Credit: Newsday / Tom Ferrara

Brookhaven National Laboratory this year is celebrating a dual anniversary that honors its role as a world-class science institution — and as the former Army camp that inspired “God Bless America.”

The lab, which occupies 5,265 mostly wooded acres in Upton, was founded 70 years ago, as the United States expanded scientific research following World War II.

This year also marks 100 years since Camp Upton — where thousands of soldiers trained for service in World War I — opened at the site.

The lab retains elements of both phases of its history: Amid displays of retired equipment such as early particle accelerators, lab staff have found dog tags left by soldiers a century ago. Trenches used to train those soldiers for combat still exist in wooded areas.

About 3,000 scientists, technicians and support staff work at the laboratory full time. An additional 4,000 scientists visit annually to use technologies such as the lab’s relativistic heavy ion collider, a 2.4-mile loop in which gold ions collide so that researchers can study the origins of the universe and other phenomena.

The lab also features the National Synchrotron Light Source II, which produces the world’s most intense light for advanced imaging research.

“A lot of what we do is basic science, and we don’t know where it’s going to lead us,” said Tim Green, the lab’s environmental compliance manager and unofficial historian. “But we don’t know if we don’t look at it.”

Projects and scientists associated with Brookhaven have won seven Nobel Prizes.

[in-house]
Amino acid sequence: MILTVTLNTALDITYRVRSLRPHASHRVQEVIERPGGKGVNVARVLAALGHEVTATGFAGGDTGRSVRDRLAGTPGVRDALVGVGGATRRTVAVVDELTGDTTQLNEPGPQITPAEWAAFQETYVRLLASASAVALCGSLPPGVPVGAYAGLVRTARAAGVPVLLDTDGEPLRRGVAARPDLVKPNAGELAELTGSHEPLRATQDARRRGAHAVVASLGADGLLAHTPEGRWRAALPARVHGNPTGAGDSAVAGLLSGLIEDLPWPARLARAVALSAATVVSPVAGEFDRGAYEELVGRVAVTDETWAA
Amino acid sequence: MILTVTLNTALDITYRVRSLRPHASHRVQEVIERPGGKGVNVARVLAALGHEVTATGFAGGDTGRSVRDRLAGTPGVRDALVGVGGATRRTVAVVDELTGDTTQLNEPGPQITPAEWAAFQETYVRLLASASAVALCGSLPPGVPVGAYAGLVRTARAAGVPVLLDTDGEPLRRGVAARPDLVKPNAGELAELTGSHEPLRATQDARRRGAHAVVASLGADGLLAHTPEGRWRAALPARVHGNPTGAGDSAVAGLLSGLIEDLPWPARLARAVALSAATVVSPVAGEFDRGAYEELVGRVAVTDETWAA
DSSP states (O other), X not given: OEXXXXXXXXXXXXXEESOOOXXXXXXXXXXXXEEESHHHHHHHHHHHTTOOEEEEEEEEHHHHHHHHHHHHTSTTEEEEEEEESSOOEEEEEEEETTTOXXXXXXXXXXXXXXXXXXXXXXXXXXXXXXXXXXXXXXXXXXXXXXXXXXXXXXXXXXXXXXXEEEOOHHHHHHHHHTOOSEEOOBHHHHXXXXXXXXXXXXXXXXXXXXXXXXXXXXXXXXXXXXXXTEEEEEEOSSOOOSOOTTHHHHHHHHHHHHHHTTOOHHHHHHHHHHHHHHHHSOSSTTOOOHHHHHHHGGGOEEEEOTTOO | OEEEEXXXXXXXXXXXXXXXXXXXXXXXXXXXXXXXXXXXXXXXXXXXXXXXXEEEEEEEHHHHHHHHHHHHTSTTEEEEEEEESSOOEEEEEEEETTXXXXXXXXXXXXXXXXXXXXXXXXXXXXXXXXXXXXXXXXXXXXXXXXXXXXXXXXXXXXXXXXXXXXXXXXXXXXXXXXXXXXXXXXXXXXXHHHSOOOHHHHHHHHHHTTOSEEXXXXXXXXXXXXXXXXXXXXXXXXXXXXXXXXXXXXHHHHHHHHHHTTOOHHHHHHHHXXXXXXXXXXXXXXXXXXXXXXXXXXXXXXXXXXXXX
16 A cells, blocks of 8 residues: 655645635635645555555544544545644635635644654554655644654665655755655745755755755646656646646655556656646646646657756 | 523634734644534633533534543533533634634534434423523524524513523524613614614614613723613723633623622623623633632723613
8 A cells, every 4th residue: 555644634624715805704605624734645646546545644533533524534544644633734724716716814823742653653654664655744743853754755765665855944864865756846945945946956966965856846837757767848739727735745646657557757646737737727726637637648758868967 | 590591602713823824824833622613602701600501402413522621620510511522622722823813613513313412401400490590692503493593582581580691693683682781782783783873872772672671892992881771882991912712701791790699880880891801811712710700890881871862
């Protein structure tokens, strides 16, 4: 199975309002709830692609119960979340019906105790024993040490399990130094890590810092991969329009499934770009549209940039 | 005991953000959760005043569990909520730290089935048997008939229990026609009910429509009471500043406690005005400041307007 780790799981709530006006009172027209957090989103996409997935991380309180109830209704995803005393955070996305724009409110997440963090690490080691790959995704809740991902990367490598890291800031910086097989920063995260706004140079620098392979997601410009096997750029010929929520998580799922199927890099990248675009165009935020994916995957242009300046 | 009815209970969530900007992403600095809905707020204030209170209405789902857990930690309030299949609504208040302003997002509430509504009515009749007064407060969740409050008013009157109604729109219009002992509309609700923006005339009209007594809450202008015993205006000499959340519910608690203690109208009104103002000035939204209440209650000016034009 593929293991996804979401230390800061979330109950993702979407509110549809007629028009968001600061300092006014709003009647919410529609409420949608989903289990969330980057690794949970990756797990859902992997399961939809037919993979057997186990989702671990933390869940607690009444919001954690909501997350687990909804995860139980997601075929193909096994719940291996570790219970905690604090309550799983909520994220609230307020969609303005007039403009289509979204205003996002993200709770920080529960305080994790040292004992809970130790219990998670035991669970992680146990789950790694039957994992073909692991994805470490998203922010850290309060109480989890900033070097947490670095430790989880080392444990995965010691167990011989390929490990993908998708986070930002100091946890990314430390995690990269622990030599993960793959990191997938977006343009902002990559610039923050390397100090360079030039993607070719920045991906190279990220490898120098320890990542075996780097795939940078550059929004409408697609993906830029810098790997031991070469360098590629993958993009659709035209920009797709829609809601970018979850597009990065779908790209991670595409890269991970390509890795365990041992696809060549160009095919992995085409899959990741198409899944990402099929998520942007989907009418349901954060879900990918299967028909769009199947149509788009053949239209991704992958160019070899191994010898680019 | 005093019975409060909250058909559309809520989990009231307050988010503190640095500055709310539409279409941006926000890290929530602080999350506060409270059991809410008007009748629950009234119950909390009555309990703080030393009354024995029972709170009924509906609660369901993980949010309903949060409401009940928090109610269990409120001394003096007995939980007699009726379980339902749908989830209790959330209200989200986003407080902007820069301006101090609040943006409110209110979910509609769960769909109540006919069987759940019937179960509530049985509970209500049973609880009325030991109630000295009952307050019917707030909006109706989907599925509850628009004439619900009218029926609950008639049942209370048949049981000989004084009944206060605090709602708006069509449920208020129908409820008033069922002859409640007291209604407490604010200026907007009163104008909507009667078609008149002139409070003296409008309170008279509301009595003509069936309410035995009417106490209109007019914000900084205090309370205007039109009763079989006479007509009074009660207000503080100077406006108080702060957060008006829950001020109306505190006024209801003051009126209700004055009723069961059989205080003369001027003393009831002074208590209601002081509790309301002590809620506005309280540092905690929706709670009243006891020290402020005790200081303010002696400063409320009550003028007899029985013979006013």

The property is open for public tours once a week during the summer, but visitors require security passes. School groups often visit for special programs.

The site is one of the United States’ last remnants of World War I training camps, said Suzanne Johnson of Rocky Point, who recently co-authored a history of Camp Upton as part of Arcadia Publishing’s “Images of America” book series.

At any given time during the war, 40,000 soldiers trained at the then-19,000-acre camp in the middle of Suffolk County, at the time a sparsely populated agricultural area, said Johnson, former director of Longwood Public Library in Middle Island.

“The population of the camp doubled the population of Suffolk County,” Johnson said.

A small plaque honors its most famous Army trainee: Sgt. Irving Berlin of Brooklyn, who spent part of his time in Upton writing a musical called “Yip, Yip, Yaphank.” He wrote the song “God Bless America” for that show.

A century later, Green said, the lab’s staff continues research that could lead to improved forms of energy production, and perhaps unlock the secrets of the universe.

“The science that is being done here is just really incredible,” Green said. “What we’re going to learn from that is going to take us into the future.”

A century of service

History of Camp Upton and Brookhaven National Lab

  • July 18, 1917: Camp Upton established. Thousands of Army trainees stationed there during World War I.
  • 1920s: Efforts to sell vacant property fail.
  • 1930s: Depression-era Civilian Conservation Corps plants thousands of trees on the site.
  • World War II: Property used as military induction center, rehab facility and prisoner of war camp.
  • March 21, 1947: Site transferred from War Department to federal Atomic Energy Commission for scientific research.
  • 1958: “Tennis for Two,” an early video game, is developed to entertain visitors.
  • 1970s: Lab ownership transferred to U.S. Department of Energy.

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